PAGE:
Ravens coach John Harbaugh once again stood in a familiar position, facing the media arranged in a semicircle near the back entrance of the team’s training facility in Owings Mills.
“I appreciate you being here,” Harbaugh said, which he always said before COVID, but he noted took on a new meaning with everyone back in person.
About 1,000 fans (also back for the first time since 2019) had just watched the Ravens first training camp practice of 2021. It lasted two hours in near 90-degree temperatures, it didn’t look like anybody got hurt, and Harbaugh said he was mostly pleased—partly just to be there.
“We had a tough year,” he said. “It’s so awesome to be through that to a pretty good degree. Not completely.”
No, not completely. A few moments later, Harbaugh addressed the elephant on the field, so to speak. When a loud horn sounded at 8:30 a.m. Wednesday, signaling the start of practice, there was one very notable absence. Star quarterback Lamar Jackson was nowhere to be found.
Jackson, along with Ravens running back Gus Edwards, recently tested positive for COVID, the coach said, and would need to go through NFL protocols (likely at least 10 days away from the team). Jackson received a positive from a Tuesday test, meaning he could be out of practice until next Friday. It’s the second time he’s had COVID in the last year, also contracting it amid the Ravens’ massive outbreak last season.
“We just pray that he’s all right,” safety Chuck Clark said, “and that he gets healthy.”
It’s not exactly the best practical start to the new football year, and a stunner for most everyone involved (Jackson was scheduled to speak with the media after practice as of this morning). Not to mention fuel for conversation and debate likely to be spawned from the news.
Harbaugh said Jackson had tested negative since the middle of last week, up until yesterday. Connecting the dots to NFL rules (which state that players who aren’t fully vaccinated must be tested for COVID every day, while fully vaccinated players do not), that would indicate that the quarterback hasn’t been fully vaccinated, or at least not yet.
In a similar treatment, vaccinated and asymptomatic players can return to practice and games as soon as they show proof of two negative tests 24 hours apart. Unvaccinated players must stay out 10 days regardless.
During Ravens minicamp practices last month, Jackson, the 24-year-old who many fans have adored for his genuine approach to life at seemingly every turn, was asked if he was vaccinated and didn’t answer one way or another.
“Just like everyone in society, it’s their decision,” he said, “but I feel we do a great job here of taking the vaccine and staying away from COVID-19…and we’ve just got to keep it going.”
On the first day of full practices of 2021, that obviously hasn’t happened. As the nation has seen an uptick in COVID cases via the more contagious Delta variant, the Ravens are once again caught up in the story—even with a 90 percent vaccination rate among players, according to Harbaugh, and 100 percent rate among staff, as team president Dick Cass told us last week.
“I think it’s a personal choice for everybody,” said cornerback Marlon Humphrey, who has gotten vaccinated. “If you don’t want it, you don’t have to, you just have to know there’s certain things that might hold you back. But different guys have religion things, and health things, different guys just don’t feel comfortable…I just didn’t want anything to hold me back. I wanted to be part of that group that got it.”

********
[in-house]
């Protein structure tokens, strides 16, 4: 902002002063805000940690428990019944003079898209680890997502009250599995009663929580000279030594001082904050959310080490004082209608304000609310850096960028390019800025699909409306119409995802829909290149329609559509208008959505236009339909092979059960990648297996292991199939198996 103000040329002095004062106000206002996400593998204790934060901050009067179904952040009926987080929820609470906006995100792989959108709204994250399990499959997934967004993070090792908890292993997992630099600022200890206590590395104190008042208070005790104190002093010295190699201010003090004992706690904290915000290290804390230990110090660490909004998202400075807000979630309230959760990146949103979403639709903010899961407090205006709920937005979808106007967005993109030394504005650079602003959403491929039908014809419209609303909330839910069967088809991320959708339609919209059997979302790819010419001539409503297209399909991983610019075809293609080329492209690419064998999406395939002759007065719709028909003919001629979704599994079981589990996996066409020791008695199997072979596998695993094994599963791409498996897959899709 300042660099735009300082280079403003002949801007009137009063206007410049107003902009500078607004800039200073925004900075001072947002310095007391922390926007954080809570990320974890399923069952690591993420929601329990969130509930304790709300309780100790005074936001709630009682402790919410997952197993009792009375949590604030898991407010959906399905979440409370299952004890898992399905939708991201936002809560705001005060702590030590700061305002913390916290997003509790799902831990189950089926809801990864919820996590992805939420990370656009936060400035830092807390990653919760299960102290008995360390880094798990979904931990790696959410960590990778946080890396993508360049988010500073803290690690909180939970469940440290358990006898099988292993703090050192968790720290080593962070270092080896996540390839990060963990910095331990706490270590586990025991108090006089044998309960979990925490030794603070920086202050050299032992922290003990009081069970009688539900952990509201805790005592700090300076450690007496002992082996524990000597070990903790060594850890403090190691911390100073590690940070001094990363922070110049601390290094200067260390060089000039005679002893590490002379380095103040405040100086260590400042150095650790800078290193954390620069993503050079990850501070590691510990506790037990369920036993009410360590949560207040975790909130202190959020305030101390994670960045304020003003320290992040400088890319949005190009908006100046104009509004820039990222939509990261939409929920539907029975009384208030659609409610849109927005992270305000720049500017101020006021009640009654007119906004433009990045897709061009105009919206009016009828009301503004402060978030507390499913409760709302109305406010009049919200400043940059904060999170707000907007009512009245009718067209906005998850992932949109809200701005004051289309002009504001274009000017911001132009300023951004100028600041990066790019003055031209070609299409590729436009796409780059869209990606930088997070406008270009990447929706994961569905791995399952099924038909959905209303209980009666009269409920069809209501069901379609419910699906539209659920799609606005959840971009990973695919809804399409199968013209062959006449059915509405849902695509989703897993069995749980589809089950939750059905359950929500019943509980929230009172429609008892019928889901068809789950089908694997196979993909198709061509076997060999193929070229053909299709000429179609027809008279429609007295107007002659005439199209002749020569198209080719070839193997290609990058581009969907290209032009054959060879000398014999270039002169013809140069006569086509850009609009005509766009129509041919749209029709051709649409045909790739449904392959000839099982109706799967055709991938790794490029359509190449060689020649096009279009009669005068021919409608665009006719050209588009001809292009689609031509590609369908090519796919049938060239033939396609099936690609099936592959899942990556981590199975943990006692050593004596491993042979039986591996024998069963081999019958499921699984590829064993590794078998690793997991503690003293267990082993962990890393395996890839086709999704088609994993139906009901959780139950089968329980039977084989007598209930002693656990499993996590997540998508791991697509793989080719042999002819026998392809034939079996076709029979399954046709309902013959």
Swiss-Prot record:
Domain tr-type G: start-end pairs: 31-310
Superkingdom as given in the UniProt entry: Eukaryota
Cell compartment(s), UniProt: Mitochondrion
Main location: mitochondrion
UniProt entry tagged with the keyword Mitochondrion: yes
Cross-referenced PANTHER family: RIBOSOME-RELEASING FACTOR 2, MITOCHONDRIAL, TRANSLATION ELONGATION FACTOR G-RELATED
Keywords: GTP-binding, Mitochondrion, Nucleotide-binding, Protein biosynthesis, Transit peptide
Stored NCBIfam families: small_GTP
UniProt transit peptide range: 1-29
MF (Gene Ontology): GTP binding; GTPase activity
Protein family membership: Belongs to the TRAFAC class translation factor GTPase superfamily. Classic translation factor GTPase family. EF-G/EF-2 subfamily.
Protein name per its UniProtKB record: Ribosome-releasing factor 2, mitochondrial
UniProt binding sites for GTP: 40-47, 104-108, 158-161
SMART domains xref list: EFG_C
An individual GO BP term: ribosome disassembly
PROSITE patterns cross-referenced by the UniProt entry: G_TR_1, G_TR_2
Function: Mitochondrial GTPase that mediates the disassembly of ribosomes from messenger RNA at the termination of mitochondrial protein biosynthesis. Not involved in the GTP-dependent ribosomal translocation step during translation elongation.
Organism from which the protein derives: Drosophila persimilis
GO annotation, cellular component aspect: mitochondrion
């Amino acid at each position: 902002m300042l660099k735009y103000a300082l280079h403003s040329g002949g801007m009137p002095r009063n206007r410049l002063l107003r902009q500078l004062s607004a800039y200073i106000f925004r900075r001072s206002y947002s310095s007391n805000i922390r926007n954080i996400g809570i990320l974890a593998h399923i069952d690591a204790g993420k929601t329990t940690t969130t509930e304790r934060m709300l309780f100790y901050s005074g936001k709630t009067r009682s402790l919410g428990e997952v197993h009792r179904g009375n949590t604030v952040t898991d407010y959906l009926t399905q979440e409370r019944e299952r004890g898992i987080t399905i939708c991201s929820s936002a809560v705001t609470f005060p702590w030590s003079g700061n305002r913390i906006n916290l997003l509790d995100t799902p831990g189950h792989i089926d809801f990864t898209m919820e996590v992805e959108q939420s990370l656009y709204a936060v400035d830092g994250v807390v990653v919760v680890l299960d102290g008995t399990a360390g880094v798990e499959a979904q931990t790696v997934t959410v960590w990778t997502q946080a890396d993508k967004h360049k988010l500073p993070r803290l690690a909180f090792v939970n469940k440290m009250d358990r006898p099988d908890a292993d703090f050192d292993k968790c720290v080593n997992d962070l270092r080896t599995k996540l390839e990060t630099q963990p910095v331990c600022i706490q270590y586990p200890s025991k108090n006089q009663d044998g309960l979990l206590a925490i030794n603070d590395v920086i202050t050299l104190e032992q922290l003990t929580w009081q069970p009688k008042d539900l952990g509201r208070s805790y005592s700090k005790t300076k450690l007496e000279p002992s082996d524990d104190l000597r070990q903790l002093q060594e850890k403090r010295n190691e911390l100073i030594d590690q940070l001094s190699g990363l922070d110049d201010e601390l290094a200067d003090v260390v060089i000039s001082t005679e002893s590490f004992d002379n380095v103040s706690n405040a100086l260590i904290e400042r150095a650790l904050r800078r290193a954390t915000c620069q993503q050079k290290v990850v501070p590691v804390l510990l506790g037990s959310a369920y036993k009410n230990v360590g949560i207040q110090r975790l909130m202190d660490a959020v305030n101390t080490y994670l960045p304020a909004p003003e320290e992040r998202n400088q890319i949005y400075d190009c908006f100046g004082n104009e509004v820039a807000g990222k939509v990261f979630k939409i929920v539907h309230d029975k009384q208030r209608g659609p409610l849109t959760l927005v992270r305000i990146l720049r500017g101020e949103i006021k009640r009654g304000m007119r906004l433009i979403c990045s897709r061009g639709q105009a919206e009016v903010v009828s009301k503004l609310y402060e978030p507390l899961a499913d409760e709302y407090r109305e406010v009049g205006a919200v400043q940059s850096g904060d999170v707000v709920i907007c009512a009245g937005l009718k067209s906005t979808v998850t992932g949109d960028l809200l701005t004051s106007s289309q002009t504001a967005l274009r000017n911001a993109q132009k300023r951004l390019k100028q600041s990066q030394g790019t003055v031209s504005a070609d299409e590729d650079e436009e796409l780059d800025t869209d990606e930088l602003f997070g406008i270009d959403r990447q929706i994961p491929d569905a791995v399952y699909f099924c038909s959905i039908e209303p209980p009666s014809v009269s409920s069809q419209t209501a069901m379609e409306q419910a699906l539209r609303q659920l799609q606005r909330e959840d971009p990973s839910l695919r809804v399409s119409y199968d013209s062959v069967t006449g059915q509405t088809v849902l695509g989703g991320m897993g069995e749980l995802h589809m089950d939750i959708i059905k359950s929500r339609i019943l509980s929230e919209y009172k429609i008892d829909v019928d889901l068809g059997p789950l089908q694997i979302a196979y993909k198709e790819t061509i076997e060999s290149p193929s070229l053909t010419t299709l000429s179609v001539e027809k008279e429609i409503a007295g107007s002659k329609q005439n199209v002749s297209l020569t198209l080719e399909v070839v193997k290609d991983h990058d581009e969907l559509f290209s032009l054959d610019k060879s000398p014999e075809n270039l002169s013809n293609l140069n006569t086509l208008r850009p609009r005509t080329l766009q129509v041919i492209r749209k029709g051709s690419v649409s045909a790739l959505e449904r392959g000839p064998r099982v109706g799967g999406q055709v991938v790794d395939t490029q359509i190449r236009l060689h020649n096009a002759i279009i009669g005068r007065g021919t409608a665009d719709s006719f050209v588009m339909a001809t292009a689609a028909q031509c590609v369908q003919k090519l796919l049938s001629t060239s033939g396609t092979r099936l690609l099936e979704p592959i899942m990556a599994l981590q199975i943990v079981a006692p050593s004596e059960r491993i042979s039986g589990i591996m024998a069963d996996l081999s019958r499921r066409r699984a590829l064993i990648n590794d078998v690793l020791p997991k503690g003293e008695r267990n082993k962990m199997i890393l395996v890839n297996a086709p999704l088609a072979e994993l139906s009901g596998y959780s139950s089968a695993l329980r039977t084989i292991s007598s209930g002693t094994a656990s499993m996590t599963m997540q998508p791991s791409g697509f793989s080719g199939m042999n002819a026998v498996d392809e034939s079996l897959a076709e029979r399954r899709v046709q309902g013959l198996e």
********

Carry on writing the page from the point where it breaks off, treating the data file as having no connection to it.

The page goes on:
In Jackson’s absence, backup quarterbacks Trace McSorley, Tyler Huntley, and someone wearing jersey No. 3—who we’d later learn was former Calvert Hall quarterback Kenji Bahar (signed to the 90-man roster on Wednesday)— went through passing drills with quarterbacks coach James Urban, and led the offense in full-field drills later on. They looked sharp, but it wasn’t exactly the same as having the 2019 NFL MVP calling plays.
“Of course we wanted him out here,” wide receiver Marquise “Hollywood” Brown said of Jackson, his closest friend on the team, “but everyone was excited, the atmosphere was good. We were having fun.”
At first, the thought crossed our mind that Jackson’s absence could be something contract-related, perhaps a holdout as part of negotiations. (Not uncommon around pro football this time of year, though it would be unlikely.) Jackson had just said a few days ago—on a very entertaining episode of the Ravens’ “The Lounge” podcast—that he doesn’t “hold out for nothing. I love football too much to hold out.” He was excited to start a season in front of fans and be with his teammates more in person again.
“I think I’m more ready than my rookie season,” Jackson said. “I’m fired up. I couldn’t wait to get back. I’m happy to see my guys, everybody coming back into town. It’s go time.”
Which makes today’s news all the more confounding. Jackson will probably have to wait at least 10 days to join his teammates. That means everyone else will have to wait to see him on the field, too, including the dozens of kids and adults wearing his No. 8 jersey at practice, hoping to see him toss passes and show off his blazing speed.
“When hiccups like this happen,” Brown said, “all we can do is rally around that guy, send our prayers, send our support, and hopefully he’ll be back very soon.”
Until then, people will talk. As Harbaugh spoke after practice, we spotted Ravens owner Steve Bisciotti leaning against a stairway that overlooks the area where interviews are conducted, listening in to what his coach was saying.
“Generally, we’re doing really well in terms of vaccinations and positive tests… even Lamar tested negative up until [yesterday],” Harbaugh said. “It’s just part of the deal. It’s just the way the world is right now.”